Each university year used to cost £3,000 (about $5,000), but just this year it was changed to £9,000 (about $14,000) a year – something that, as can be imagined, caused a HUGE uproar with students. This may still seem super cheap compared to American schools, but scholarships for academics and athletics aren’t really common in England. Also, you’ll notice that here, student discounts are EVERYWHERE! The movies, shops, bus/train tickets, EVERYWHERE. Definitely something I’ve gladly gotten used to.
As regards to grading goes, your mind will explode when the 70 you got on your paper is an A grade. They call them marks, and everything 70 and above is considered a first mark. This continues down the spectrum, and a passing grade is a 40. If you were to get anything in the 90s on a paper, you would be considered an expert on the subject, most likely up to the level of someone with a Ph.D. It’s quite confusing sometimes, but don’t worry too much. Just know that a 70 is an A – works for me.
Exams aren’t as frequent as they are at my home university, either. It’s pretty typical to just have 1 or 2 assignments throughout the year and then a final at the end that is worth 80% of your grade. Which is why using the summer term strictly for revisions is extremely important…Did I mention that I have to get on that?
I can say, though, that being exposed to a new education system has broadened my way of learning. I never was a textbook reader, but now I find myself more engaged in the subject matter and feel like I have a better overall understanding of it. Additionally, I’ve been able to recall information I’ve learned weeks after I take the exam – something that doesn’t really happen when I simply cram for tests a few days before back at home.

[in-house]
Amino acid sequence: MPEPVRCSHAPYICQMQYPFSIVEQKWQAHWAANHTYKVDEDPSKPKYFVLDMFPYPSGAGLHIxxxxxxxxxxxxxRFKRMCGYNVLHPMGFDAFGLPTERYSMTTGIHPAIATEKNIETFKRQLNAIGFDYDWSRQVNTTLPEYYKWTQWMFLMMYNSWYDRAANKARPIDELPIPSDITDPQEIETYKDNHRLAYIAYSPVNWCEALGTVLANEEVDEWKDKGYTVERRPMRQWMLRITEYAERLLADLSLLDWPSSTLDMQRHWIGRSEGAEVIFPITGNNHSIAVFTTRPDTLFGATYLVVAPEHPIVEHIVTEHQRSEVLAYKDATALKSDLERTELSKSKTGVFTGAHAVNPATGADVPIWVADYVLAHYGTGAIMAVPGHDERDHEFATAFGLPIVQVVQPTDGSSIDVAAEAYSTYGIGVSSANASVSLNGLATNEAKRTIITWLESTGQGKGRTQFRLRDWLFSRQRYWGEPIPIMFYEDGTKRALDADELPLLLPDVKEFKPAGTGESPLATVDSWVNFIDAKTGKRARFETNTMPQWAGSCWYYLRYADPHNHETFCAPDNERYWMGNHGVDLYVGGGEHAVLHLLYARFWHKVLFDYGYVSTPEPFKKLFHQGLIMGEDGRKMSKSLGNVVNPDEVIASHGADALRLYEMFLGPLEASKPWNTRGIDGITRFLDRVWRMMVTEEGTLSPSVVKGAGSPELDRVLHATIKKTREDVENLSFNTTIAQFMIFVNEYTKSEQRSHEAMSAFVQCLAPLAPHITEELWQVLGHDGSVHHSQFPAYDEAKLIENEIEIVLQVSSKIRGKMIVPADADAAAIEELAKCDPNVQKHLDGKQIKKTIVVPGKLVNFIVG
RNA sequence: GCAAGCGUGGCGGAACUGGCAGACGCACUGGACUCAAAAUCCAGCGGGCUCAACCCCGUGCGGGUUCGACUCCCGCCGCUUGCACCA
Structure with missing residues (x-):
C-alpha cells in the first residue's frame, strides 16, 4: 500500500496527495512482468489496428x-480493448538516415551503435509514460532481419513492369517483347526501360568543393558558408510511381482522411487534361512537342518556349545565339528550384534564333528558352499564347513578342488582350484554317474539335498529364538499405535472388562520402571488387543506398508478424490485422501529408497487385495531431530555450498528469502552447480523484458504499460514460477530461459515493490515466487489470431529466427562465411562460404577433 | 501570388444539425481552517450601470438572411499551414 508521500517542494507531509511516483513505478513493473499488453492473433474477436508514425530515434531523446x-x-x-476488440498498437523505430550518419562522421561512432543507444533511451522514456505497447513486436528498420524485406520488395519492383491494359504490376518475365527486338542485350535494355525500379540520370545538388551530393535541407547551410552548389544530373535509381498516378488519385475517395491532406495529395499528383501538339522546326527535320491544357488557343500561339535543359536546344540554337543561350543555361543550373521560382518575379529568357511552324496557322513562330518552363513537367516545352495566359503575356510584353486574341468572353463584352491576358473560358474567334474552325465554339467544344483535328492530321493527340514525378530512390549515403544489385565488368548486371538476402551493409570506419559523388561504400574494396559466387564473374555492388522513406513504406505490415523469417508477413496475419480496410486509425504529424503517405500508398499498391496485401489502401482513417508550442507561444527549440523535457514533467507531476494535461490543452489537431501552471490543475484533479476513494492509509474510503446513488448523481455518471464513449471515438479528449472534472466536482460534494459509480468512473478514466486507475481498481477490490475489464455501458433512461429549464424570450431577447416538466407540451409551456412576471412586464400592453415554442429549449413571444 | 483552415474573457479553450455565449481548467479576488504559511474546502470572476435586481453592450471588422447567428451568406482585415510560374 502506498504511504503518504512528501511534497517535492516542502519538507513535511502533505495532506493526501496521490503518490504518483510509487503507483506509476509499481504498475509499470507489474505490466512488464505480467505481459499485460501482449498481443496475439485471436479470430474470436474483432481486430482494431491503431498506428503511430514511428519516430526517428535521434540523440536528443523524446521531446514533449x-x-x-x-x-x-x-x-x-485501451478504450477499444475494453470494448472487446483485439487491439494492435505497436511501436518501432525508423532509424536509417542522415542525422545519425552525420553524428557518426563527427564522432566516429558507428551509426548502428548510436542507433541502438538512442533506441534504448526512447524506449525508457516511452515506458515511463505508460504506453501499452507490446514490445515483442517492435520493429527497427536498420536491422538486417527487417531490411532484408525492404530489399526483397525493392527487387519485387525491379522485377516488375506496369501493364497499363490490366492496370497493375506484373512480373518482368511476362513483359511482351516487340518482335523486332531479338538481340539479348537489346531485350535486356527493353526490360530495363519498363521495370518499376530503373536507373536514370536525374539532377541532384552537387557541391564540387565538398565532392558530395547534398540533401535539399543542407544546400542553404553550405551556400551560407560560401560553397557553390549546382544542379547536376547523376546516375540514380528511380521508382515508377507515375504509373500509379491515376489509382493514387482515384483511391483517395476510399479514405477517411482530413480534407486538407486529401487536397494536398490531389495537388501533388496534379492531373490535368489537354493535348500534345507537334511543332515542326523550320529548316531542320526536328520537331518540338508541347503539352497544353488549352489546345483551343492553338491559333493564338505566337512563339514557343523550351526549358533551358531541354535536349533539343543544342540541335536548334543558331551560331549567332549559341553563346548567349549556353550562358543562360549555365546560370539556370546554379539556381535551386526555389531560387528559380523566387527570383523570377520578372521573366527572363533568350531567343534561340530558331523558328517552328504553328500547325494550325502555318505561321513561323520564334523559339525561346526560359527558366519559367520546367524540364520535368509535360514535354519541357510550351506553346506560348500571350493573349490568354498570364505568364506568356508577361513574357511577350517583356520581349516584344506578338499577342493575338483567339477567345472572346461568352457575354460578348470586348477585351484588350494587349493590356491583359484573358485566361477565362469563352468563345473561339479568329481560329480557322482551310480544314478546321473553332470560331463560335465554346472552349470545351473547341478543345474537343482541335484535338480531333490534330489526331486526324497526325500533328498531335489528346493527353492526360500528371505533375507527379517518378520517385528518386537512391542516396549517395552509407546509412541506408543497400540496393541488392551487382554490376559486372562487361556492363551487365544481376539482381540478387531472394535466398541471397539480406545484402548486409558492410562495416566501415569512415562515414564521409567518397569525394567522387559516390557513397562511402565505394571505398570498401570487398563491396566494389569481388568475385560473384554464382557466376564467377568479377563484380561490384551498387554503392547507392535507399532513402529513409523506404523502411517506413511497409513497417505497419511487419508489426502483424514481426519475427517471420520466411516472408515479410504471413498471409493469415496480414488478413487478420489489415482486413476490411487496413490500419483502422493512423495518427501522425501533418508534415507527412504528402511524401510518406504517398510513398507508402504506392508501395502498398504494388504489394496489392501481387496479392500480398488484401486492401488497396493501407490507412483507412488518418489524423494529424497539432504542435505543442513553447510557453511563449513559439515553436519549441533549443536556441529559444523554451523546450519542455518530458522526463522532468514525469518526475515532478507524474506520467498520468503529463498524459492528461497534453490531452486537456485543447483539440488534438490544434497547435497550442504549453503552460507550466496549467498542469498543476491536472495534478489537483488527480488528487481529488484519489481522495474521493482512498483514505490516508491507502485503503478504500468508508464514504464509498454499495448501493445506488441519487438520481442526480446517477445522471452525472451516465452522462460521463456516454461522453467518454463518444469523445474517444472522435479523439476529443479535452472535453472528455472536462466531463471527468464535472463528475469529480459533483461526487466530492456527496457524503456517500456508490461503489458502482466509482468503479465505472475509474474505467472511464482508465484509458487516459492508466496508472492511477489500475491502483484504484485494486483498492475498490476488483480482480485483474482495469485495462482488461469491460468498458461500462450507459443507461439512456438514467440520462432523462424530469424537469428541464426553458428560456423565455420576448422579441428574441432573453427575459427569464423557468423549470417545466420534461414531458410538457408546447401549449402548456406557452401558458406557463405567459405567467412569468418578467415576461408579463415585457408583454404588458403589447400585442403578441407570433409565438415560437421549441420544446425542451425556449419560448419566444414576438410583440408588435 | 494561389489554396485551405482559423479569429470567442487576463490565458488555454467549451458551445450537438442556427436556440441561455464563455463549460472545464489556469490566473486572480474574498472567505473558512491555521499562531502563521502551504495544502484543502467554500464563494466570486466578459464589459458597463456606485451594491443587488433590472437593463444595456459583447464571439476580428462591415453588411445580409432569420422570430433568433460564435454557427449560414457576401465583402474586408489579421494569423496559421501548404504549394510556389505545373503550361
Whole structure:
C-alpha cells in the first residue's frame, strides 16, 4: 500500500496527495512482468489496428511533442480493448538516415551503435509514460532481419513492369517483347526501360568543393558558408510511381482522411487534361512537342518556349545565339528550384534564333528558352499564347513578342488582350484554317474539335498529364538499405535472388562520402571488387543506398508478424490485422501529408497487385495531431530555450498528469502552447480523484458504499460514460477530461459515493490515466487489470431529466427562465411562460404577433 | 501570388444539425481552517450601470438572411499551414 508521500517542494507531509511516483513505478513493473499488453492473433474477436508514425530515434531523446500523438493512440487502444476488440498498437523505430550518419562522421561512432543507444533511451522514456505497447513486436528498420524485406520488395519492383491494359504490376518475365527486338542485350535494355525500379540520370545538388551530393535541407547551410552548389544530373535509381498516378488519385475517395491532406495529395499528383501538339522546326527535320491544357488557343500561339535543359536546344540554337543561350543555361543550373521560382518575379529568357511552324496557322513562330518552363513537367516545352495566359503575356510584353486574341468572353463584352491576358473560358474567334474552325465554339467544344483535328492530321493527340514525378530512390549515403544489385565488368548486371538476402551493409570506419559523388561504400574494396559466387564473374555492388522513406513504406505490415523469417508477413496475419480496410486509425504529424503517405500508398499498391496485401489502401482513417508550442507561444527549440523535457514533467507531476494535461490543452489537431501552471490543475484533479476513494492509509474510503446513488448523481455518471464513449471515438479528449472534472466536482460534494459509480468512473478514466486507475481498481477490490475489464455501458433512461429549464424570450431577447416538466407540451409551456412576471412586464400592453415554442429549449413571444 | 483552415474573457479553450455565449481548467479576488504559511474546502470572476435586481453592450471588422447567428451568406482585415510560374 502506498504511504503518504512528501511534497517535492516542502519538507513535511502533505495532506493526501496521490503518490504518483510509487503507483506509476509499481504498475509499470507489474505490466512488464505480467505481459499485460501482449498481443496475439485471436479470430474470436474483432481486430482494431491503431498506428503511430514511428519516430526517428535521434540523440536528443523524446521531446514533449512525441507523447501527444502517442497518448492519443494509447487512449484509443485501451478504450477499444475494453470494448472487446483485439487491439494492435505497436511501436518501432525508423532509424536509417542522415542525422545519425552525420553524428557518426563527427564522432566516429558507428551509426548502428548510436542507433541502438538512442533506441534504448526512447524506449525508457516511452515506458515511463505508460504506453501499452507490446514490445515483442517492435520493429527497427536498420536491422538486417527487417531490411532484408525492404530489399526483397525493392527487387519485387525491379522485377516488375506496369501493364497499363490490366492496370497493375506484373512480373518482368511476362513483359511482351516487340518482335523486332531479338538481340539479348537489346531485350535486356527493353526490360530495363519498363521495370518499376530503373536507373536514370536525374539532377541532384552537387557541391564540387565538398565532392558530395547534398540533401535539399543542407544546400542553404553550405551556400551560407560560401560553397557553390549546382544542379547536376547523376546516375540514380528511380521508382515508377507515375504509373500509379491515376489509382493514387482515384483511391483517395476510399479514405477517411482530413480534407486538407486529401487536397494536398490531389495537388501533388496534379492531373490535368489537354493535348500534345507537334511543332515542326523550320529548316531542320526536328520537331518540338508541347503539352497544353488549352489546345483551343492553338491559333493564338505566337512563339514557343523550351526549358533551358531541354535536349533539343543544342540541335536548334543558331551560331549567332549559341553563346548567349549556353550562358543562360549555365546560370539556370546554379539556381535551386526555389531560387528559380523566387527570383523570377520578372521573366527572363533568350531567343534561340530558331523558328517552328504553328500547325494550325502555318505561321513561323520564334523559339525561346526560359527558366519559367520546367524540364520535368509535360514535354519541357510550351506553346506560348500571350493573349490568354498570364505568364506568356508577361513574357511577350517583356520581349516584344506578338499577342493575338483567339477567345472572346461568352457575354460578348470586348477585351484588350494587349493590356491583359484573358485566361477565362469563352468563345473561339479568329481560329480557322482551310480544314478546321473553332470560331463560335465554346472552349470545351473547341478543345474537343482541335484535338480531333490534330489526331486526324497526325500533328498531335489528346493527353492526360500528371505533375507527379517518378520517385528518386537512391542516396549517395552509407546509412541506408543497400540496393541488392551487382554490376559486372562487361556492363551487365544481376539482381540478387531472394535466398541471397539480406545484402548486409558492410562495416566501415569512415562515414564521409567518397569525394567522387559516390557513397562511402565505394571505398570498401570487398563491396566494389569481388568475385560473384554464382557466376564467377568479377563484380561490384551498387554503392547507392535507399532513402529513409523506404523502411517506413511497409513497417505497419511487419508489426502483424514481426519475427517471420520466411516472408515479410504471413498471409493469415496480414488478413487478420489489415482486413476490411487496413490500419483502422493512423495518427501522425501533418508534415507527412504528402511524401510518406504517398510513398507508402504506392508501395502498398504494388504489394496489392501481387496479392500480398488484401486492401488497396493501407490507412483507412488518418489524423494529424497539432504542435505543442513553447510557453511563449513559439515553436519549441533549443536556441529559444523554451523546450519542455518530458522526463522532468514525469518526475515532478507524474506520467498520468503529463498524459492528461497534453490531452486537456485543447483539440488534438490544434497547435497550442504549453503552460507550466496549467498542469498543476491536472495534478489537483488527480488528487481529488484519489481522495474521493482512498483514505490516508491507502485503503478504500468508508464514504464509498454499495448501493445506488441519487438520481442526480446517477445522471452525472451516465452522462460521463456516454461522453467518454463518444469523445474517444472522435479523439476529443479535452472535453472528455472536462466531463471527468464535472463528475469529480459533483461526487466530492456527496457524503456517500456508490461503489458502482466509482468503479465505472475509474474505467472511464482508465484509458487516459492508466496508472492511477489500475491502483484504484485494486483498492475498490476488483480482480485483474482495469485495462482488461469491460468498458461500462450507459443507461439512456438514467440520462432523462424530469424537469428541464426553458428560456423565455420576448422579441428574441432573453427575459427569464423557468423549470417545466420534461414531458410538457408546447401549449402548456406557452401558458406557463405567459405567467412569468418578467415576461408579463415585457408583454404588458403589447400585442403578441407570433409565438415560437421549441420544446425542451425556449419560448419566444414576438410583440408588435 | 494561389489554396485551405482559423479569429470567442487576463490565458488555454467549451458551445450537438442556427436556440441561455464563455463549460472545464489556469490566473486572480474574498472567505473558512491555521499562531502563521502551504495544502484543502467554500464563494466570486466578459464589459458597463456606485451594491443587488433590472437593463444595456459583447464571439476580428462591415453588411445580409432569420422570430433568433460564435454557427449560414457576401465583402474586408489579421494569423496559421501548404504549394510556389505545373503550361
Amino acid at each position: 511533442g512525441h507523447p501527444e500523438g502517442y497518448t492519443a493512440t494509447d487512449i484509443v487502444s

School – It’s really all the same!
I will say, though, that despite the difference in school structure, students still dread going to class, they still pretend to look at powerpoint slides in class while they’re actually browsing Facebook albums, and we still complain about how much work we have to do without actually ever doing it.
Personally, I have noticed that British students seem to be much more concerned with getting good marks than American students. According to the friends I’ve talked to, showing an employer poor marks in university is worse than having not have attended at all. YIKES. In the States, I feel like it’s quite the opposite, and the focus seems to be more on just earning a degree than achieving a high grade point average in it.
In all, school is school – and now I should probably get back to studying…